By Sarah Durack
19/4/2020 - 4 min read
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It goes without saying that as a new tutor, you’ll want to make a good impression and see academic improvement in your students. However, wanting to be an effective tutor is not the same as having experience. To save you learning everything as you go, here are five key pointers to get you started,
Find out how to start off strong as tutor.
1. Sort the legal requirements
2. Be on time
3. Look the part
4. Communicate professionally
5. Start how you intend to continue
It goes without saying that as a new tutor, you’ll want to make a good impression and see academic improvement in your students. However, wanting to be an effective tutor is not the same as having experience. New tutors without experience tend to make the same mistakes when they start out. To save you learning everything as you go, here are five key pointers to ensure you get off to a strong start with your first student.
Firstly, you will need to make sure that legally, you tick all the boxes. In most countries, some sort of background check is required in order to work with children. So before you even start, you must make sure that you have this check. You will look unprofessional if when asked for evidence of such a check, you cannot produce it.
I also recommend putting together a tutoring policy of sorts. It doesn’t have to follow any particular format or structure, but it should briefly outline how you operate, how cancellations work, what you charge per hour etc. This way, everything is clearly outlined before you are engaged as a tutor, and you will be spared potentially awkward conversations later on.
Think about someone with whom you have worked before, who is always late. I’m not talking about someone who was late only once due to an emergency - that’s understandable. I’m referring to someone who is chronically late. When such an individual is repeatedly late to activities you have arranged, does it bother you? In your heart of hearts, it probably does.
Tutoring plays by these rules. If you are always late to tutoring sessions, you will get parents and students offside. Turning up frequently late to appointments is not professional, and it can create frustration for your clients. Families are busy entities, often juggling multiple commitments for multiple children. You may find your sessions cut short in order to get another child to an activity.
Basically, don’t be late. It’s not a good look, and it’s one of those things that people generally find quite irritating and unprofessional.
You can’t judge a book by its cover, but people still do. As a tutor, you will want to set a good first impression with your student and their family by dressing the part of a professional. After all, playing a role in a child’s education is a big deal, so you should dress to reflect this!
Generally speaking, the gold standard is wearing something akin to what you would wear in an office. If this is just not your jam, or you simply don’t have clothes of this type, I still strongly suggest steering clear of track pants and the like. Don’t turn up in anything ripped, or thongs. Wear something that is comfortable, but looks professional.
As a high school science teacher, I always wear closed-in shoes at school due to the nature of hazards when working in labs. I suggest this to tutors as well. It’s just safer to wear protective footwear in a new environment.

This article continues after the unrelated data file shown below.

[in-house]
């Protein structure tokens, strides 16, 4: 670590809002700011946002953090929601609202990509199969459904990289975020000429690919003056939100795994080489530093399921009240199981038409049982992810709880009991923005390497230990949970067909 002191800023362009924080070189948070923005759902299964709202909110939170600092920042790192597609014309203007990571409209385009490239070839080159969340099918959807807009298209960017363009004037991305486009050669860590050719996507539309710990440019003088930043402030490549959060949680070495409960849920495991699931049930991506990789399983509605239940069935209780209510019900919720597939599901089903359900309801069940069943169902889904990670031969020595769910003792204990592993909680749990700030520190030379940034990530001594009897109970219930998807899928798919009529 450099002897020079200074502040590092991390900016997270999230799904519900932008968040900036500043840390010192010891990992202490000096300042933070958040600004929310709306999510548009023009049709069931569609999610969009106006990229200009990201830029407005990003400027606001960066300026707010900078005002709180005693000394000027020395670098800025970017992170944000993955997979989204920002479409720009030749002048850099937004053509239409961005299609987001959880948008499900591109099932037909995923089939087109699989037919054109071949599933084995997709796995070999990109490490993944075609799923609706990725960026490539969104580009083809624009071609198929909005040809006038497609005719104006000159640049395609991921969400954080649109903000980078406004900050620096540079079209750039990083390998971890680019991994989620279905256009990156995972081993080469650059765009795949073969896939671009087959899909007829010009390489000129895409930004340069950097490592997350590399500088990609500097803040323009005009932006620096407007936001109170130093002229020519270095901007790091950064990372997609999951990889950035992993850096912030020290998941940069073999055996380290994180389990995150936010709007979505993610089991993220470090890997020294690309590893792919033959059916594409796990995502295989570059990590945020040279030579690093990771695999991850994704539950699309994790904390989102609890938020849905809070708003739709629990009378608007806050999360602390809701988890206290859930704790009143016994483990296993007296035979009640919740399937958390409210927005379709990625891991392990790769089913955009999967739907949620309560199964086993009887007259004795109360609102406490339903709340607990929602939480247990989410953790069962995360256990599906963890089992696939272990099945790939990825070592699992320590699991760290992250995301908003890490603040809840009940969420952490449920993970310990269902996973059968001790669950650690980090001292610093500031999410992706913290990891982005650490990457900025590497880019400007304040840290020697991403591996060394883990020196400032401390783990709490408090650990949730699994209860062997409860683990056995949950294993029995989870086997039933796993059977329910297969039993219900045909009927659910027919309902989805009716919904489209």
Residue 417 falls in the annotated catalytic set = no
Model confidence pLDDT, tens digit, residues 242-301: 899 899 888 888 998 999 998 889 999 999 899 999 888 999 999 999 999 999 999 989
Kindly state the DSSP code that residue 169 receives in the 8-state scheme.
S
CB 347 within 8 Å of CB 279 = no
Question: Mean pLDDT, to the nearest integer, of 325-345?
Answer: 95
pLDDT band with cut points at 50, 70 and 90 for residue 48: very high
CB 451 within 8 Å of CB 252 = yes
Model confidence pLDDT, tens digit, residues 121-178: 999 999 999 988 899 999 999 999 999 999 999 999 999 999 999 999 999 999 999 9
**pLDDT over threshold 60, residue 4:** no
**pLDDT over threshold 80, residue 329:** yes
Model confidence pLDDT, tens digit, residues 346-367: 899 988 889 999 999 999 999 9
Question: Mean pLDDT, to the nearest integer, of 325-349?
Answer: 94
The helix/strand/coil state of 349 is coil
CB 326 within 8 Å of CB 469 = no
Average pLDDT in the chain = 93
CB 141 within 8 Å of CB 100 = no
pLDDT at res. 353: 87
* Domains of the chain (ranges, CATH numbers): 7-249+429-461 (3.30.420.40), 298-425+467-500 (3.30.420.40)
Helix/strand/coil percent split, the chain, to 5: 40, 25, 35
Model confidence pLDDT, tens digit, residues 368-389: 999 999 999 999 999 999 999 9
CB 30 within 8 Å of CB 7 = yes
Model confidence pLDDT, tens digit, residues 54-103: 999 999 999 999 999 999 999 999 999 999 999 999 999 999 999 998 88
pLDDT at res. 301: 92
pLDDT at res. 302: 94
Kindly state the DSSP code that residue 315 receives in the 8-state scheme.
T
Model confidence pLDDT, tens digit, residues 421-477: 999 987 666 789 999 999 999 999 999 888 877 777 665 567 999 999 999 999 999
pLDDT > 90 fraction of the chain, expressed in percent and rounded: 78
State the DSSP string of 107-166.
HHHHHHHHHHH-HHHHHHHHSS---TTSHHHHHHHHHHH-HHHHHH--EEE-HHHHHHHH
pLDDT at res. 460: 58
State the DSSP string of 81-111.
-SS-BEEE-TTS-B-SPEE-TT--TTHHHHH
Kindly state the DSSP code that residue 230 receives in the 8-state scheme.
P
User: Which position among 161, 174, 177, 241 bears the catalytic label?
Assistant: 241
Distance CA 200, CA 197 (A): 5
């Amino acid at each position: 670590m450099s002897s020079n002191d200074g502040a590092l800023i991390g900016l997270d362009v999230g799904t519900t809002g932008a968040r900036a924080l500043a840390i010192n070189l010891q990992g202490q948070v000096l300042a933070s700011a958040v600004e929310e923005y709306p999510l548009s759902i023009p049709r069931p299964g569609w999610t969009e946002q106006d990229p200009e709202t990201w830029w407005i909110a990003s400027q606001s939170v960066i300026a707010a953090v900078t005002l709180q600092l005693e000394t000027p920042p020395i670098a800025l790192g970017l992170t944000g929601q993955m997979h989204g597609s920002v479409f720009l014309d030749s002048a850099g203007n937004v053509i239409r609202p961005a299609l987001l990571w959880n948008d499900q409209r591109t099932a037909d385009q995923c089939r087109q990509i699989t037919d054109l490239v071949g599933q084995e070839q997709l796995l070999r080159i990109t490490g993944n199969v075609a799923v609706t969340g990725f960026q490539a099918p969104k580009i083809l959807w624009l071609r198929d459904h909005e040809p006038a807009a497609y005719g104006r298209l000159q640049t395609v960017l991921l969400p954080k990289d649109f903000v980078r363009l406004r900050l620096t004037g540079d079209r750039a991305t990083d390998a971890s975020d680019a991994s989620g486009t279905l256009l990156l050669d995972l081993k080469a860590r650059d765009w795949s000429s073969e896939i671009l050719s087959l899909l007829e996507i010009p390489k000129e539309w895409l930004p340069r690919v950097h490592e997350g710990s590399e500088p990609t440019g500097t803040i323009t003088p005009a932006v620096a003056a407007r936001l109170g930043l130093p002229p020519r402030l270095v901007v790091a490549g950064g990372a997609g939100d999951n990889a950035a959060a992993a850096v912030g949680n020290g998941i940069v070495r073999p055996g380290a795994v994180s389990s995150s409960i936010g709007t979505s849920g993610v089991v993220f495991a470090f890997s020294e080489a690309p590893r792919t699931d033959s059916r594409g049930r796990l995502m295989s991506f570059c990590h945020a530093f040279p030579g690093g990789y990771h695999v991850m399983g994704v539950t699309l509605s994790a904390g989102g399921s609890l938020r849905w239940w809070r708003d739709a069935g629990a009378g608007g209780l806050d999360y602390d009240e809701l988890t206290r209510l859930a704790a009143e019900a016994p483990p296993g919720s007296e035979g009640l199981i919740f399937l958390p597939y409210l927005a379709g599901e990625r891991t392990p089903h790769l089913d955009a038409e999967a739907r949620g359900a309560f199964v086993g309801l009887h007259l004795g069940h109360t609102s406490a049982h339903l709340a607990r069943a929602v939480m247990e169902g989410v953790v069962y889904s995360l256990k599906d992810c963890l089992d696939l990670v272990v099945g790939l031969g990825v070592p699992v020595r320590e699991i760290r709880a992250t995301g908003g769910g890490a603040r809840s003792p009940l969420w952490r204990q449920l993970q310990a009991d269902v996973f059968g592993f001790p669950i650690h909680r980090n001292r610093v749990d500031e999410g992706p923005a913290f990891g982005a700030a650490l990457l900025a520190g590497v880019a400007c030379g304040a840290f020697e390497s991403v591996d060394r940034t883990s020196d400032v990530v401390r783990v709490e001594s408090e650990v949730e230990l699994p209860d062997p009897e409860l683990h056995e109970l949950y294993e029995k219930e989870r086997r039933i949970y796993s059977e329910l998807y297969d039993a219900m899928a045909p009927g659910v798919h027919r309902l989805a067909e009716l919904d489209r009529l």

Before your first session with a student, you will no doubt be in touch with them, as well as their parent(s). Getting the tone of these emails right is key. You want the recipient of your email to gauge your vibe, but you also want to keep it short and to the point.
In the first few emails you send, avoid informal language, abbreviations and emojis. Make sure that your email is formatted clearly, and that you have checked for spelling errors before sending. (There is nothing worse than receiving an email from a tutor full of spelling errors!!)
Here is an example of an introductory email you might send to a student (with their parents CC’d).
Subject: Looking forward to [subject]tutoring this [day of the week]
My name is [your name] and I will be tutoring you in [subject]. Really looking forward to meeting you.
I’d love to prepare a few things for [day of the week], so if you could let me know where you’re up to in class that’d be great. Feel free to send through any photos of exercises or worksheets you’ve been given. All of that is helpful to me when I’m preparing.
When I was a soccer referee as a teenager, I remember hearing some great advice from a senior mentor. He said, “very early on in the game, as soon as a player fouls or violates rules, even if it’s minor, you call it.” The purpose of this is to let soccer players know that their referee means business, and will not be taken for a ride.
The same is true, to a degree, with tutoring. You want to establish clear ground rules and routines in your first session or two, so that the student knows what to expect from you, and what you expect of them. I learned this the hard way as a new tutor, when one of my students decided to go to the kitchen in the middle of a session to prepare an elaborate snack, right in the middle of an activity we were doing. I was able to stamp this sort of behaviour out, but it was reactively, rather than proactively.
Let me be clear: I am not advocating for hard-nosed discipline of students in tutoring sessions. But as someone who loves this work and finds the students themselves to be great fun, I have had to work harder than most at the discipline thing. Whilst it can be hard to set rules, they are important for the success of the sessions. Don’t underestimate the importance of setting solid expectations in that first session you have with a student.